Washington, D.C. saw the number of homes for sale decline 15 percent in December, while buyers snapped up homes and drove sales up 6 percent compared to a year earlier.
Competition for desirable homes meant many properties were bringing more than asking price in several neighborhoods, and homes were selling in as few as 16 days. The Long & Foster Market Minute report provides insight on data for 15 areas within Washington, D.C.
Spring Valley and Wesley Heights had the highest median price, at $1.05 million, up 44 percent from a year earlier. The most affordable homes were in Southwest and Waterfront, with a median price of $391,500.
There was a 1.8-month supply of homes in the district in December, down from a supply of 2.2 months a year earlier. It’s generally considered a seller’s market when there’s less than a 6-month supply of available homes.
The inventory conundrum will likely continue through 2018, said Larry “Boomer” Foster, president of Long & Foster Real Estate. Builders are not keeping up with demand, and owners of existing homes are choosing not to move, even though market conditions favor sellers.
Although interest rates are still at historic lows, homeowners may already have refinanced their mortgages at lower rates they don’t want to give up. Home values are at historic highs, but a seller would still need to find another home.
“I know I’m going to get top value for my house if I put it on the market, but where am I going to live if my house goes under contract?” Foster said. “That’s a tough place to be.”
Current economic conditions, such as low unemployment and rising incomes, could mean more qualified buyers will be entering the market this year, just as the spring selling season is getting underway. Foster said mortgage borrowers will continue to find interest rates that are relatively low, and home prices should moderately appreciate. Those who plan to sell in the next few months should begin getting their homes ready for market.
The market requires real estate agents to be extra creative and resourceful when helping their clients, whether buying or selling, Foster said. Agents representing sellers can write into a contract a clause that says an offer will be accepted contingent on the seller securing another property, Foster said. And those on the purchasing side could work with their clients’ wish lists to target specific homes where agents could approach owners and offer to bring a qualified buyer.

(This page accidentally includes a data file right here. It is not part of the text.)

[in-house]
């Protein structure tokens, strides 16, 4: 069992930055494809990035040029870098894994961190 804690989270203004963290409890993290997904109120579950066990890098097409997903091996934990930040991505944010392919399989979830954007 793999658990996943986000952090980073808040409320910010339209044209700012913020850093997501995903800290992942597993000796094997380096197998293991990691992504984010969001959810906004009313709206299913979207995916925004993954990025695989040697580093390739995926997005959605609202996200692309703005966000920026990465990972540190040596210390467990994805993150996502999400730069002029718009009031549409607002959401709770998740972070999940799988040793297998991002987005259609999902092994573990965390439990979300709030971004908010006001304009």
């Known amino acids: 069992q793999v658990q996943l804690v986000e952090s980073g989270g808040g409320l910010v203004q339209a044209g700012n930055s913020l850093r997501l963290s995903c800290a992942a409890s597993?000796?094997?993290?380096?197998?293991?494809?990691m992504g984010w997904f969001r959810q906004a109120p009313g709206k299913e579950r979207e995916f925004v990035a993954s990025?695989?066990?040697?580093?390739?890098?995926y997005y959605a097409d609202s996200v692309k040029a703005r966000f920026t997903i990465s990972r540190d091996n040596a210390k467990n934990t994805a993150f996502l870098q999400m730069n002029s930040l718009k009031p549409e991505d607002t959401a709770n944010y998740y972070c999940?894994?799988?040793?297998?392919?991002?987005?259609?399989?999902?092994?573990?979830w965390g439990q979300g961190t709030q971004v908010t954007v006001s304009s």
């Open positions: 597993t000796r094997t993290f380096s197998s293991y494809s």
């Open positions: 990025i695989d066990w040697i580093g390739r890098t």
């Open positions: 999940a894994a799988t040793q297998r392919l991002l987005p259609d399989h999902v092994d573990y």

Updated homes that are appropriately priced are selling quickly, often with multiple offers, but fixer-uppers and those with tired kitchens and bathrooms are sitting longer on the market, Foster said. Agents might need to convince clients to take another look at those listings and consider a discounted house – even if it means more work.
“You can try to change the expectations of your buyers,” Foster said. “If they’re set on one location, they might not be able to get the house that shows perfectly and is updated in all the ways they want. Maybe they can do the updates themselves and earn equity in the home that way.”
The Long & Foster Market Minute is an overview of market statistics based on residential real estate transactions for more than 500 local areas and neighborhoods and over 100 counties in eight states. The easy-to-read, easy-to-share reports include information about each area’s units sold, active inventory, median sale prices, list to sold price ratio, days on market and more.
Information included in this report is based on data supplied by Metropolitan Regional Information System and its member associations of Realtors, which are not responsible for its accuracy. The reports include residential real estate transactions within specific geographic regions, not just Long & Foster sales, and they do not reflect all activity in the marketplace. Information contained in this report is deemed reliable but not guaranteed, should be independently verified, and does not constitute an opinion of MRIS or Long & Foster Real Estate.